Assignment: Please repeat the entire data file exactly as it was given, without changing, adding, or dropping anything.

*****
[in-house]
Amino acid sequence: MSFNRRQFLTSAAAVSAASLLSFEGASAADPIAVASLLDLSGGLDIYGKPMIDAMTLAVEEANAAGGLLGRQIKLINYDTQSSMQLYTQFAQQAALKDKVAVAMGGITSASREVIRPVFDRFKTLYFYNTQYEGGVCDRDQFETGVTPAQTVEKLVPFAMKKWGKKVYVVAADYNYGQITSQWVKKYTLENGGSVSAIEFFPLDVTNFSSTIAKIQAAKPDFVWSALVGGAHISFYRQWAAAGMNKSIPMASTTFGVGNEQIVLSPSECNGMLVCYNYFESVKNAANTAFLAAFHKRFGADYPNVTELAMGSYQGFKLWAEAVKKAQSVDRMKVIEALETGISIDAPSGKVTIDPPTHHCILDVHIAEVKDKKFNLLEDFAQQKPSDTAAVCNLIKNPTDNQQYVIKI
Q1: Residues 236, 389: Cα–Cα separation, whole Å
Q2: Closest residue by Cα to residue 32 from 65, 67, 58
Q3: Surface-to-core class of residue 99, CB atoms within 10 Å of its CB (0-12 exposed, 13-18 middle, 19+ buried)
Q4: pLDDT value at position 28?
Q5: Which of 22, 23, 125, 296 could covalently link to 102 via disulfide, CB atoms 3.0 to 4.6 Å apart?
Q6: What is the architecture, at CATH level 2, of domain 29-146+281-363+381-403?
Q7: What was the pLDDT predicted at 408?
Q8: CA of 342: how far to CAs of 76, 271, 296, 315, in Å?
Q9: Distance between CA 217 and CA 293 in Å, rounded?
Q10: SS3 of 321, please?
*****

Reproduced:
[in-house]
Amino acid sequence: MSFNRRQFLTSAAAVSAASLLSFEGASAADPIAVASLLDLSGGLDIYGKPMIDAMTLAVEEANAAGGLLGRQIKLINYDTQSSMQLYTQFAQQAALKDKVAVAMGGITSASREVIRPVFDRFKTLYFYNTQYEGGVCDRDQFETGVTPAQTVEKLVPFAMKKWGKKVYVVAADYNYGQITSQWVKKYTLENGGSVSAIEFFPLDVTNFSSTIAKIQAAKPDFVWSALVGGAHISFYRQWAAAGMNKSIPMASTTFGVGNEQIVLSPSECNGMLVCYNYFESVKNAANTAFLAAFHKRFGADYPNVTELAMGSYQGFKLWAEAVKKAQSVDRMKVIEALETGISIDAPSGKVTIDPPTHHCILDVHIAEVKDKKFNLLEDFAQQKPSDTAAVCNLIKNPTDNQQYVIKI
Q1: Residues 236, 389: Cα–Cα separation, whole Å
Q2: Closest residue by Cα to residue 32 from 65, 67, 58
Q3: Surface-to-core class of residue 99, CB atoms within 10 Å of its CB (0-12 exposed, 13-18 middle, 19+ buried)
Q4: pLDDT value at position 28?
Q5: Which of 22, 23, 125, 296 could covalently link to 102 via disulfide, CB atoms 3.0 to 4.6 Å apart?
Q6: What is the architecture, at CATH level 2, of domain 29-146+281-363+381-403?
Q7: What was the pLDDT predicted at 408?
Q8: CA of 342: how far to CAs of 76, 271, 296, 315, in Å?
Q9: Distance between CA 217 and CA 293 in Å, rounded?
Q10: SS3 of 321, please?